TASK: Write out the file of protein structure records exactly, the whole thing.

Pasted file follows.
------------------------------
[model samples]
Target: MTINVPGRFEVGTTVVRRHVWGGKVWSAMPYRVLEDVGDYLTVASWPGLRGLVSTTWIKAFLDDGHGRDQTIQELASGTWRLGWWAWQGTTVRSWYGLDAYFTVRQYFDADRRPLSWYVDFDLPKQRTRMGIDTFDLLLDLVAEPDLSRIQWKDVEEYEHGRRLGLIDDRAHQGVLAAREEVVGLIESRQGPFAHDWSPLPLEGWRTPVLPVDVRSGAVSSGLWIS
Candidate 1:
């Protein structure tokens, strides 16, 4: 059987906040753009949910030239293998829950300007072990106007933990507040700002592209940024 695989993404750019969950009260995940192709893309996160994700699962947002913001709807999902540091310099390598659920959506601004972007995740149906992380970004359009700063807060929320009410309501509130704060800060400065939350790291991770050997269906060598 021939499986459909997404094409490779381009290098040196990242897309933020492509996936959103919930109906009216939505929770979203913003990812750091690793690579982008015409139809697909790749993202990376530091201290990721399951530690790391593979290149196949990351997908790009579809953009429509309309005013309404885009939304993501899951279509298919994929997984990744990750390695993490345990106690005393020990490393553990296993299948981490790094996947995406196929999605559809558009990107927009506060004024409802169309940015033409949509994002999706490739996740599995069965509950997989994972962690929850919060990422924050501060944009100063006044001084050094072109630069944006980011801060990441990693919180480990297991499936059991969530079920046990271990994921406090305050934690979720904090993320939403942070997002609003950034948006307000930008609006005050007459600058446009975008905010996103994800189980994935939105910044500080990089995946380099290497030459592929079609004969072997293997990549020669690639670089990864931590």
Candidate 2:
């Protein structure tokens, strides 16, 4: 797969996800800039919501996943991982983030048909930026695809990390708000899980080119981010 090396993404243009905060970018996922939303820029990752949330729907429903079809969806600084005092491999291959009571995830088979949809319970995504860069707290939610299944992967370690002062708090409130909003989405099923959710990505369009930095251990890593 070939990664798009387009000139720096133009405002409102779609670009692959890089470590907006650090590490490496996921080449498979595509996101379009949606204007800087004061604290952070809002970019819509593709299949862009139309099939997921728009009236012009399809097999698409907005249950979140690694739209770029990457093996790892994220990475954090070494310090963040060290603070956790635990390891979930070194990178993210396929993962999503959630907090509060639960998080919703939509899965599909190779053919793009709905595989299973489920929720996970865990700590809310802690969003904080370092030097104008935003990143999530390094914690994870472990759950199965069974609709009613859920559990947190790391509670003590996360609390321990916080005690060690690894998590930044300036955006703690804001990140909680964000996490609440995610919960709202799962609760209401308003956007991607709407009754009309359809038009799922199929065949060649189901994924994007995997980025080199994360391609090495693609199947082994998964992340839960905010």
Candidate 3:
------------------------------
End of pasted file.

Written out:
[model samples]
Target: MTINVPGRFEVGTTVVRRHVWGGKVWSAMPYRVLEDVGDYLTVASWPGLRGLVSTTWIKAFLDDGHGRDQTIQELASGTWRLGWWAWQGTTVRSWYGLDAYFTVRQYFDADRRPLSWYVDFDLPKQRTRMGIDTFDLLLDLVAEPDLSRIQWKDVEEYEHGRRLGLIDDRAHQGVLAAREEVVGLIESRQGPFAHDWSPLPLEGWRTPVLPVDVRSGAVSSGLWIS
Candidate 1:
């Protein structure tokens, strides 16, 4: 059987906040753009949910030239293998829950300007072990106007933990507040700002592209940024 695989993404750019969950009260995940192709893309996160994700699962947002913001709807999902540091310099390598659920959506601004972007995740149906992380970004359009700063807060929320009410309501509130704060800060400065939350790291991770050997269906060598 021939499986459909997404094409490779381009290098040196990242897309933020492509996936959103919930109906009216939505929770979203913003990812750091690793690579982008015409139809697909790749993202990376530091201290990721399951530690790391593979290149196949990351997908790009579809953009429509309309005013309404885009939304993501899951279509298919994929997984990744990750390695993490345990106690005393020990490393553990296993299948981490790094996947995406196929999605559809558009990107927009506060004024409802169309940015033409949509994002999706490739996740599995069965509950997989994972962690929850919060990422924050501060944009100063006044001084050094072109630069944006980011801060990441990693919180480990297991499936059991969530079920046990271990994921406090305050934690979720904090993320939403942070997002609003950034948006307000930008609006005050007459600058446009975008905010996103994800189980994935939105910044500080990089995946380099290497030459592929079609004969072997293997990549020669690639670089990864931590």
Candidate 2:
């Protein structure tokens, strides 16, 4: 797969996800800039919501996943991982983030048909930026695809990390708000899980080119981010 090396993404243009905060970018996922939303820029990752949330729907429903079809969806600084005092491999291959009571995830088979949809319970995504860069707290939610299944992967370690002062708090409130909003989405099923959710990505369009930095251990890593 070939990664798009387009000139720096133009405002409102779609670009692959890089470590907006650090590490490496996921080449498979595509996101379009949606204007800087004061604290952070809002970019819509593709299949862009139309099939997921728009009236012009399809097999698409907005249950979140690694739209770029990457093996790892994220990475954090070494310090963040060290603070956790635990390891979930070194990178993210396929993962999503959630907090509060639960998080919703939509899965599909190779053919793009709905595989299973489920929720996970865990700590809310802690969003904080370092030097104008935003990143999530390094914690994870472990759950199965069974609709009613859920559990947190790391509670003590996360609390321990916080005690060690690894998590930044300036955006703690804001990140909680964000996490609440995610919960709202799962609760209401308003956007991607709407009754009309359809038009799922199929065949060649189901994924994007995997980025080199994360391609090495693609199947082994998964992340839960905010």
Candidate 3: